Nashville may be the capital of country music, but look for something a little different on the Night Train to Nashville: Music City Rhythm & Blues 1945-1970, Vol. 2. "Night Train to Nashville is a two-disc set, mixing well-known hits with rarities," Sean Walsh says. "Filled with reality and life, this is pure artistry."

Karmyn Tyler gets down and jazzy on her eponymous debut album a treat. "The Texan has a voice full of power," says Sean Walsh, "and her awesome delivery makes this a very enjoyable record."

Doc Powell's music is Cool Like That. "The listener will soon understand that Cool Like That is not an album one has to intensively focus on -- you can listen to it after a hard day at work and Powell will not tire you out," Ester Eggert says. "However, if you're looking for excitement, then -- except for the title tune and perhaps one or two more tracks -- you've come to the wrong place. Still, you have to give him credit for all those catchy grooves!"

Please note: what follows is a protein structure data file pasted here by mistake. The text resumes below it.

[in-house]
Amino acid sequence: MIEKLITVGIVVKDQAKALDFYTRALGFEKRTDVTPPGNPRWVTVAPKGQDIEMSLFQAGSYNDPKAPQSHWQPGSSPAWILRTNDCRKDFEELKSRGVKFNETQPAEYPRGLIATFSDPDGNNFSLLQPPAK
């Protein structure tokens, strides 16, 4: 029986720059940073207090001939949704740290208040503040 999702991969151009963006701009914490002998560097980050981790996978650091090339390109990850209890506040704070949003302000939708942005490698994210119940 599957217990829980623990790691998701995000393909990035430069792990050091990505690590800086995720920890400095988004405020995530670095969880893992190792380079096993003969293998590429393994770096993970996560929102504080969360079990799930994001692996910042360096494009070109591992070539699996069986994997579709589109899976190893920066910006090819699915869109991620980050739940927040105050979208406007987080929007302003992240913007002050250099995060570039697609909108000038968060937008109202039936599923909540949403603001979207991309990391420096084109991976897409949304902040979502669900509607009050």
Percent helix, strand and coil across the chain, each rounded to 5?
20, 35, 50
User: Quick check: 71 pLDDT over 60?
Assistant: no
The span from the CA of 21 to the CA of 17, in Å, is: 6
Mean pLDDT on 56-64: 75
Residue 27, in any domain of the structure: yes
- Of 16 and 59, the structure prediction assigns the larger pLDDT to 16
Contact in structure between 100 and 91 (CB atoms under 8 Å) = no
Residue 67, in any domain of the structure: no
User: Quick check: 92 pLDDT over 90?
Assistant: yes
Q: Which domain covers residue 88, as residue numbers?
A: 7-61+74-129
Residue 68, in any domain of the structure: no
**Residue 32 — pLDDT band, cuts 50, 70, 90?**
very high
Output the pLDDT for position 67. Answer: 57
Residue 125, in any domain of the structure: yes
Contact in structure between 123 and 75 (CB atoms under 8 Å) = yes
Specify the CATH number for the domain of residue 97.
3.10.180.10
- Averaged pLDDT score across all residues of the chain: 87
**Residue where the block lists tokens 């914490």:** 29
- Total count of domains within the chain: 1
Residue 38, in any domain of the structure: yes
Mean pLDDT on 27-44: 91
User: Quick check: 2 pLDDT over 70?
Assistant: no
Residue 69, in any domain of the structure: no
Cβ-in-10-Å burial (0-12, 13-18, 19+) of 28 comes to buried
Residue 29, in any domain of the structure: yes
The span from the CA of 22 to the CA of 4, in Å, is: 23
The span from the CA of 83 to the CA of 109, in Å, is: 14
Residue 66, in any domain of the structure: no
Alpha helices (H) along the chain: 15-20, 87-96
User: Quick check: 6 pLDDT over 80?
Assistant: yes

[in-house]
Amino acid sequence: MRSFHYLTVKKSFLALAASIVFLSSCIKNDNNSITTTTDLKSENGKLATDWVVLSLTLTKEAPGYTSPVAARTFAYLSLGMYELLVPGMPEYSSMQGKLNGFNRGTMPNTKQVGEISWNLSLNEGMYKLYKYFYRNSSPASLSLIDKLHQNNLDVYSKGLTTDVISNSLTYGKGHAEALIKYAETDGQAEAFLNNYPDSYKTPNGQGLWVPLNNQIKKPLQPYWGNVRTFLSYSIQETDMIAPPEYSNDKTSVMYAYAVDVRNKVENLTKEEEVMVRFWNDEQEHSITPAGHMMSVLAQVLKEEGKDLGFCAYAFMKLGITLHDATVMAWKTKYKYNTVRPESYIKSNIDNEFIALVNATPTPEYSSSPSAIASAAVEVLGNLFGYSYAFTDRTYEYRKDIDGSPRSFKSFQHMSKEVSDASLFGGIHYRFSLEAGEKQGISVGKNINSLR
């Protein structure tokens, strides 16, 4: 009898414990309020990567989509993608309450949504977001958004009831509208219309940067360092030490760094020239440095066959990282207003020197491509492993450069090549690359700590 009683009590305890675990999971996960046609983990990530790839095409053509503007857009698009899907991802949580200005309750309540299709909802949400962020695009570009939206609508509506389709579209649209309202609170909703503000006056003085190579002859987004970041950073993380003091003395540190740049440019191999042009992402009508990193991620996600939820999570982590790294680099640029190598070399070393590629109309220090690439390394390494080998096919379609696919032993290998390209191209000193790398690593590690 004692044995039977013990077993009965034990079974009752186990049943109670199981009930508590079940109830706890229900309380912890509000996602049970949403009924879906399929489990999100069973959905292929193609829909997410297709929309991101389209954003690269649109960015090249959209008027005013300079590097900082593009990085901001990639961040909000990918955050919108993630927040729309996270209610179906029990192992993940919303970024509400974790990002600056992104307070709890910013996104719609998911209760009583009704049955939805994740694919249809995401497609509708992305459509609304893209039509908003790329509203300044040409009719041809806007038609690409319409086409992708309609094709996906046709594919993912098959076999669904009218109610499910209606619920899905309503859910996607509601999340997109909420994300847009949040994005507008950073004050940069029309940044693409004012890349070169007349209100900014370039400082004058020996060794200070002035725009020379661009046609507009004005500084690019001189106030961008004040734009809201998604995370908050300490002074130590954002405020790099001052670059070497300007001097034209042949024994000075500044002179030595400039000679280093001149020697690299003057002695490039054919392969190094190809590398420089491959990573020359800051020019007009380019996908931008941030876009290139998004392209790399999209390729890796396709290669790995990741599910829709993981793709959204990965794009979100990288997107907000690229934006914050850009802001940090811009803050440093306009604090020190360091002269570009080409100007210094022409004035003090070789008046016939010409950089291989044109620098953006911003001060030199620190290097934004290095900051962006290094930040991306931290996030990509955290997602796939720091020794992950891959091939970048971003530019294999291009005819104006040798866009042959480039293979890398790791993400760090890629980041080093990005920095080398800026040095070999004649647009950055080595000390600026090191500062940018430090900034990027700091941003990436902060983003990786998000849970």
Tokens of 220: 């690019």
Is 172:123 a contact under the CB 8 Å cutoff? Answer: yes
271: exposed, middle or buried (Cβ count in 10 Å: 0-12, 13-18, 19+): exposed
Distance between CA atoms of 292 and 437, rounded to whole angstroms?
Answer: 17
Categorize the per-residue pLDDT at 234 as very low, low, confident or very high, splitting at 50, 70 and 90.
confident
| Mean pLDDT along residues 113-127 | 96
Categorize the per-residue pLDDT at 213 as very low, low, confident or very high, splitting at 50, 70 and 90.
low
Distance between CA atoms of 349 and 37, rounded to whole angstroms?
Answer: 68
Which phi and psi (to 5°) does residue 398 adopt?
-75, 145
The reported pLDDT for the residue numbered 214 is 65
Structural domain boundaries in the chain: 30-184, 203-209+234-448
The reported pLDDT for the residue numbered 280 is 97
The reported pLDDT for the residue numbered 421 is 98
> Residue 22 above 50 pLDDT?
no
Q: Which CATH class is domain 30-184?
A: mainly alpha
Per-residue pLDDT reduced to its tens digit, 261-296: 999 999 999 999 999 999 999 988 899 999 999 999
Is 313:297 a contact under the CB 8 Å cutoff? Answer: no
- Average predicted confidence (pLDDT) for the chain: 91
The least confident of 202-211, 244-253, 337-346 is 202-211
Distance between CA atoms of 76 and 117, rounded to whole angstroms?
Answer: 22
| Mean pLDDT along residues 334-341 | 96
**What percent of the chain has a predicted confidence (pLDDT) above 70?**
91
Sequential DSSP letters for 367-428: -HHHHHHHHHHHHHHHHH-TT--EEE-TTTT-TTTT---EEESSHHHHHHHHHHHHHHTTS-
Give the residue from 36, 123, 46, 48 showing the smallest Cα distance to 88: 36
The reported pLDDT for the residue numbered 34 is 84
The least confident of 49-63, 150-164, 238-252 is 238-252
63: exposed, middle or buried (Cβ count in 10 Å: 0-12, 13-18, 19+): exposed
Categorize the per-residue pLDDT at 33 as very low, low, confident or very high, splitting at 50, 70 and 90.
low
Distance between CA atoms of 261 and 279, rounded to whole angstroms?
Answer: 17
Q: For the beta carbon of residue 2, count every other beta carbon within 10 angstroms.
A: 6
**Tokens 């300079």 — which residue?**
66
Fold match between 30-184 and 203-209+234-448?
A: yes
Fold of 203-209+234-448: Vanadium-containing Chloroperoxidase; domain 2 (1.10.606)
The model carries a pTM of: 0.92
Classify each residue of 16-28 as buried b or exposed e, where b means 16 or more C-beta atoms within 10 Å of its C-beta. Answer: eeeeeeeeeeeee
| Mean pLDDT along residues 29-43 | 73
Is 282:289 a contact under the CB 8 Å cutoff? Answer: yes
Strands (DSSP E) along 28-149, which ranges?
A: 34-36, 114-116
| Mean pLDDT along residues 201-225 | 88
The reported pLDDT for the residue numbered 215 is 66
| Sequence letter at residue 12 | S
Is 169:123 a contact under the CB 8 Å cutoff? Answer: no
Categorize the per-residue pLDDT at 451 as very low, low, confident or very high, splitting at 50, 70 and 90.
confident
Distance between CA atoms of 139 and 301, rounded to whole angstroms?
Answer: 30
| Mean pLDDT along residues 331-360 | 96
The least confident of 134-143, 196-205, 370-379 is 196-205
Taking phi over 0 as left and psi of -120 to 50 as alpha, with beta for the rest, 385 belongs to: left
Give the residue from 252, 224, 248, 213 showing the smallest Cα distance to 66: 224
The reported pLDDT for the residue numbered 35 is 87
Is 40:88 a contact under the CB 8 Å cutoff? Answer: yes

Les Yeux Noirs has a bowful of hot tChorba with Gypsy, Yiddish and French ingredients. "Les Yeux Noirs creates many different moods in the 14 songs, which add up to about an hour of music," Dave Howell reports. "This is a fine CD of a type of music not heard often enough in the U.S."

William Kates says the soundtrack for The Village, by James Newton Howard, "totally succeeds in providing just the right mood for each scene, helping significantly to create the ominous atmosphere that Shyamalan's movies are known for. ... As a stand-alone CD, however, there's not much actual music that works outside the context of the movie."